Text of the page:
What to Expect in CNA Training Program
Choosing to become a Certified Nursing Assistant is an excellent way to begin a career in healthcare. A CNA stays busy assisting patients with the activities of daily living, such as bathing, eating, moving, and toileting, as well as taking vital signs and recording medical data. A CNA is an active healthcare worker, and the CNA training programs you’ll find will focus on everything you need to know to get started.
Who Can Become a Certified Nursing Assistant?
Anyone with a high school diploma who wants to enter the healthcare field quickly can become a CNA. Some choose to begin their CNA training right out of school, while others who enter the field are making a career change later in their life. Some CNAs choose the career as the first step toward a nursing degree, others use their experience as a CNA to guide them toward another role in healthcare, and still others find great satisfaction in remaining in a CNA role. The most important qualification to become a CNA is someone who has a desire to help people. A successful CNA is someone physically fit, dependable, compassionate, flexible, observant, a good listener and communicator, a team player, and someone with a positive attitude.
What Education Do You Need to Become a Certified Nursing Assistant?
Most CNA training programs are available at community colleges and vocational schools. State-approved training programs usually last 4-12 weeks. Federal guidelines require a minimum of 75 hours of training, although some programs will exceed that. Finding a program with state approval in the state where you hope to find a job is important. Without a state-approved program, you will not be able to get a job.
What Will You Learn in a Certified Nursing Assistant Program?
A Certified Nursing Assistant Program is a balance of classroom instruction and clinical training. CNAs need a variety of skills and knowledge to perform their duties. To become a Certified Nurse Assistant, you will learn bathing and dressing procedures, how to transfer and move patients, feeding and nutrition, taking vital signs, as well as the basics of anatomy, physiology, and body mechanics. You will learn how to maintain a clean and safe environment, handle emergency situations, and communicate effectively with patients and other medical professionals. At the end of the training program you will take a CNA competency exam required by your state. The exam will have both a written portion and a clinical skill portion, and will cover anatomy and physiology, patient care principles, patient safety, vital signs, infection control, data collection, patient communication, and legal and ethical issues. After passing the exam and fulfilling the state requirements, you will be added to the state CNA registry.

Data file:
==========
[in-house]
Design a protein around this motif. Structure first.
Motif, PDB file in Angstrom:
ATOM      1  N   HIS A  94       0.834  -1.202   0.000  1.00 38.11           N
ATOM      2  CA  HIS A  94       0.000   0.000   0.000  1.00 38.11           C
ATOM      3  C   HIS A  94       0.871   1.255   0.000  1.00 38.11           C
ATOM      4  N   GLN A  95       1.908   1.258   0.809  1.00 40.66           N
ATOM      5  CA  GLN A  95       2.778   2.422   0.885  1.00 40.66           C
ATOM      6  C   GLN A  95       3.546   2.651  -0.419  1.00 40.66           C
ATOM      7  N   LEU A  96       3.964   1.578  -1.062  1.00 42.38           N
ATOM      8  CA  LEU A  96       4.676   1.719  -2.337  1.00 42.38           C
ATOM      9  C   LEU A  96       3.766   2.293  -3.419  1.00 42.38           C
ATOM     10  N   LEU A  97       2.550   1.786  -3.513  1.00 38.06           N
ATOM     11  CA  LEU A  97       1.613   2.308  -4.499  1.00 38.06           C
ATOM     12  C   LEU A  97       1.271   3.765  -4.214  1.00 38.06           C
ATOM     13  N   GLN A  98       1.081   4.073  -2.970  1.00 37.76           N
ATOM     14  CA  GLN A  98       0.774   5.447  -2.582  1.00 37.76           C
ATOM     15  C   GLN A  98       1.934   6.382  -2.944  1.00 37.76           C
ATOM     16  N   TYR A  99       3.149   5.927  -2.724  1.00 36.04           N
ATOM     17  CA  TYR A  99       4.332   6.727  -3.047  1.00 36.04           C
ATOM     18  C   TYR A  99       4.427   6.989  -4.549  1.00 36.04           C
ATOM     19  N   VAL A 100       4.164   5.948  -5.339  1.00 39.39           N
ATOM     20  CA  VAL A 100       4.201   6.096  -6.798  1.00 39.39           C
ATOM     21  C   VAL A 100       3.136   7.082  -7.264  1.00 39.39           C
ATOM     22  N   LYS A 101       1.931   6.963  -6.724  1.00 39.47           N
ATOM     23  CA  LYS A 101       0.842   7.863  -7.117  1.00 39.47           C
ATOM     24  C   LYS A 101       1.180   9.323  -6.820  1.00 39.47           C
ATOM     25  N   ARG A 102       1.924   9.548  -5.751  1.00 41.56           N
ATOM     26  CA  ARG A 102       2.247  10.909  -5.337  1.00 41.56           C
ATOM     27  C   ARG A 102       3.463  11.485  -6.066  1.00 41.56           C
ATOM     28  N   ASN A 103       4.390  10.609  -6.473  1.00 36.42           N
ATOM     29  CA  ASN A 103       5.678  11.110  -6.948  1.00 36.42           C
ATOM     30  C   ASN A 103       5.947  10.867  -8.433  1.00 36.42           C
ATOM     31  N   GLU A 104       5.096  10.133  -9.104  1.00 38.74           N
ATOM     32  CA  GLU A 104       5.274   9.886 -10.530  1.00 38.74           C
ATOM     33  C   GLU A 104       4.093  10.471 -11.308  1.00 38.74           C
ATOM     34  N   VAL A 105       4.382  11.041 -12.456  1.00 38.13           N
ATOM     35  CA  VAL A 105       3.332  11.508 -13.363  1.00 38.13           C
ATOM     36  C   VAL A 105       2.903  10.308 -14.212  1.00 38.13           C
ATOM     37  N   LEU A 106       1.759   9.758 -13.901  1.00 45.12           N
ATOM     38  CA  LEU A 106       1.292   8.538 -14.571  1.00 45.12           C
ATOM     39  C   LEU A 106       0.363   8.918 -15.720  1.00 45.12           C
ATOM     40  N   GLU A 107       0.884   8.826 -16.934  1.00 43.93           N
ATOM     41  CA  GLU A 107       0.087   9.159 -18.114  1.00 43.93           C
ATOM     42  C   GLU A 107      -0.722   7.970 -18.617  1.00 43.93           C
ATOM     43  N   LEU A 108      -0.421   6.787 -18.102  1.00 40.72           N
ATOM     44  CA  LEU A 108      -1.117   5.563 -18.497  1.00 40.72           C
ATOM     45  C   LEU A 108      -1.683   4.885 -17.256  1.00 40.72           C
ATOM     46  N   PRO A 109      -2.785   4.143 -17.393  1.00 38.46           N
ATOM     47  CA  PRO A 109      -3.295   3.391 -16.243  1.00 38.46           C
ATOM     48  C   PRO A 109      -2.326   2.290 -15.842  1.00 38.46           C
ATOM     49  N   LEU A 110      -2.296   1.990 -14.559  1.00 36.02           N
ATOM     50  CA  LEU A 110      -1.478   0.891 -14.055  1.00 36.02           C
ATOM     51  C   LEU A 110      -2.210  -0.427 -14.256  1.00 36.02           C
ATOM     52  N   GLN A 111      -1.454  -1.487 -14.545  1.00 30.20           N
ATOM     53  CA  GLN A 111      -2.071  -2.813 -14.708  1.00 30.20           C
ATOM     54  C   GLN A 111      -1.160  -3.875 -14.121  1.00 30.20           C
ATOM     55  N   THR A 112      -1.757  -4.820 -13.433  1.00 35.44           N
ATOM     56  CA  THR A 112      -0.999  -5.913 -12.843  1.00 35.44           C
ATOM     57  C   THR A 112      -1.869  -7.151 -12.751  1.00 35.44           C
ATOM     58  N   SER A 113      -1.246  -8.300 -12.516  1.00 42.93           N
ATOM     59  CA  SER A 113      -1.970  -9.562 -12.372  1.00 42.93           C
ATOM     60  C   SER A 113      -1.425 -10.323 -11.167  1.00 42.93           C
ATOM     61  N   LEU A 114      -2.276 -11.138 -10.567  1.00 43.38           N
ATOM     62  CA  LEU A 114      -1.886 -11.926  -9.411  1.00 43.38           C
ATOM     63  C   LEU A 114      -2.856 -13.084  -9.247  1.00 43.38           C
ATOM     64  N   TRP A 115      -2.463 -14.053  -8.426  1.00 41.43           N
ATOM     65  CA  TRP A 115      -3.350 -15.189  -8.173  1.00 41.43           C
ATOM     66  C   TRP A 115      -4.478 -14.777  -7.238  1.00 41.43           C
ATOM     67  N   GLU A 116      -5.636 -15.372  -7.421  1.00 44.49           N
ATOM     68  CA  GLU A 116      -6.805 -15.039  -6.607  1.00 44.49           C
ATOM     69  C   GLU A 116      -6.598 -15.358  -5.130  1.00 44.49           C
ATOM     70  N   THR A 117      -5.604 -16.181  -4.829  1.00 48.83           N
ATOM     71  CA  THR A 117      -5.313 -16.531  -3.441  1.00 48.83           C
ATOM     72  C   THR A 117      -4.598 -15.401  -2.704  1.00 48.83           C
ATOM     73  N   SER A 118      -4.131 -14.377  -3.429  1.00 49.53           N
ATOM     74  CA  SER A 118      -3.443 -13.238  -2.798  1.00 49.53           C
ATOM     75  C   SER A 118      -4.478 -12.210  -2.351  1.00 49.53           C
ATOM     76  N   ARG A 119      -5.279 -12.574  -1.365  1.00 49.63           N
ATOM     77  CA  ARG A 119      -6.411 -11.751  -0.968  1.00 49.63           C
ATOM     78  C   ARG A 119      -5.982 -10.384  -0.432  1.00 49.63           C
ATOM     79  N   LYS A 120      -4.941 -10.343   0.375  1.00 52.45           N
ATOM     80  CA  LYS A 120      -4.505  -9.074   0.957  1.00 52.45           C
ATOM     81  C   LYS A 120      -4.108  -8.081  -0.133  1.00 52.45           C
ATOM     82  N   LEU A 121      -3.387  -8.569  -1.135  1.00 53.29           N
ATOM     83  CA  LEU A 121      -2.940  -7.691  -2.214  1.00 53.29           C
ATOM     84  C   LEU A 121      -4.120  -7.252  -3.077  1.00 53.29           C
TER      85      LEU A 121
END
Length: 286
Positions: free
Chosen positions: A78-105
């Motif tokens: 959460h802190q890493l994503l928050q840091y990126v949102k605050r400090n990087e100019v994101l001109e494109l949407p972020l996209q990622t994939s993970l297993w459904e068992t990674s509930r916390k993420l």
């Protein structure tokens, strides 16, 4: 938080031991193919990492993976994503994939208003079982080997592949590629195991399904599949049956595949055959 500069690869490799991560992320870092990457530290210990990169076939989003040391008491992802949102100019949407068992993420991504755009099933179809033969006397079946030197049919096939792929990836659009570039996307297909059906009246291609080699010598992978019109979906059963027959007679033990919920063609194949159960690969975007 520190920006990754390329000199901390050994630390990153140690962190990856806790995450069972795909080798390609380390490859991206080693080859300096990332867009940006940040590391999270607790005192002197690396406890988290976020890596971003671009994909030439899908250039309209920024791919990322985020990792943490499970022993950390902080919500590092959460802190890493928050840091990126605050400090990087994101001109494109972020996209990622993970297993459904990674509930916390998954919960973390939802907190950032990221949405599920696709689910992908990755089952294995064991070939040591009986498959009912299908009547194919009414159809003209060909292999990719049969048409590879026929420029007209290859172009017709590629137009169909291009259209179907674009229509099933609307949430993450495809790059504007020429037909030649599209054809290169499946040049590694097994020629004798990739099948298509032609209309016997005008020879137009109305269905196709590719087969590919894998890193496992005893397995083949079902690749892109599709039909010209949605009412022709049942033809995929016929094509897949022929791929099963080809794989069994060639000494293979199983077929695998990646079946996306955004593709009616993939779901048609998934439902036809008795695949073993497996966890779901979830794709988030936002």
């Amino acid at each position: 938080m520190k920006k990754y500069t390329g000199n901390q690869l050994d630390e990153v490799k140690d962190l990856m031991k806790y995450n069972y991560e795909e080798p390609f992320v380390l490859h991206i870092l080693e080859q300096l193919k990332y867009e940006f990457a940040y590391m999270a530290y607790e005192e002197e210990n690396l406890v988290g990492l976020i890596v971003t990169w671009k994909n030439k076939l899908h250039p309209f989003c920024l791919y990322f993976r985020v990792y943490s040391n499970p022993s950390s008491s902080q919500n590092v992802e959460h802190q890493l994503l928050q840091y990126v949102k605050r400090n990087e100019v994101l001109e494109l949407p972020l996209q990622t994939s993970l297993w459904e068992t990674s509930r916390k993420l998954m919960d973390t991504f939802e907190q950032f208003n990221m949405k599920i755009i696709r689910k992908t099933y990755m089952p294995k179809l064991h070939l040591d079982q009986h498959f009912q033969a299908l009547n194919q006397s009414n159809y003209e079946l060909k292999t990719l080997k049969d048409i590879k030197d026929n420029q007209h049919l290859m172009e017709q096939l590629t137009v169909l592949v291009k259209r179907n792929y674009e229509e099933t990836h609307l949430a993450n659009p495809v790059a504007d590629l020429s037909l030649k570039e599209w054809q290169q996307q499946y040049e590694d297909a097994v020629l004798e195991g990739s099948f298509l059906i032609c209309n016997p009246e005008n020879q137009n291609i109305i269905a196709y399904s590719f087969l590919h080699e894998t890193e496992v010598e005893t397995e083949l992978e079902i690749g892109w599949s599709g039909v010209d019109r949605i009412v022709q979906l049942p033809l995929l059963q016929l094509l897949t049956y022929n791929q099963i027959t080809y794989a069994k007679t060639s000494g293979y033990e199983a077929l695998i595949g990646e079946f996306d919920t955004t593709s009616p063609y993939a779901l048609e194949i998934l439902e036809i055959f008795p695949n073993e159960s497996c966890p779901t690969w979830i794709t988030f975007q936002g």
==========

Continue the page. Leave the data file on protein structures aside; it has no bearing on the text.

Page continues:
Finding a Work/Life Balance While in a CNA Program
Many students who are enrolled in a CNA training program are also working full time, and while finding a balance can be challenging, many students can successfully complete a CNA training program while working and supporting a family. Finding the skills to prioritize responsibilities, organize assignments, deadlines, and study schedules will come in handy when it’s time to apply for positions. Developing the healthy habits necessary to manage stress are an important part of a CNA training program. Becoming a Certified Nursing Assistant can be a demanding job, and it’s important to make sure you are taking care of yourself both physically and mentally throughout your training and your career.
Working as a CNA can be extremely rewarding and allows you to make a difference in your patients’ lives. Although the training may be short, your education to become a Certified Nursing Assistant will provide you with everything you need to know to begin a career in healthcare. Our caring, experienced faculty know what it takes to be successful in the healthcare field. Contact Trinity School of Health and Allied Sciences for more information about how you can get started right away.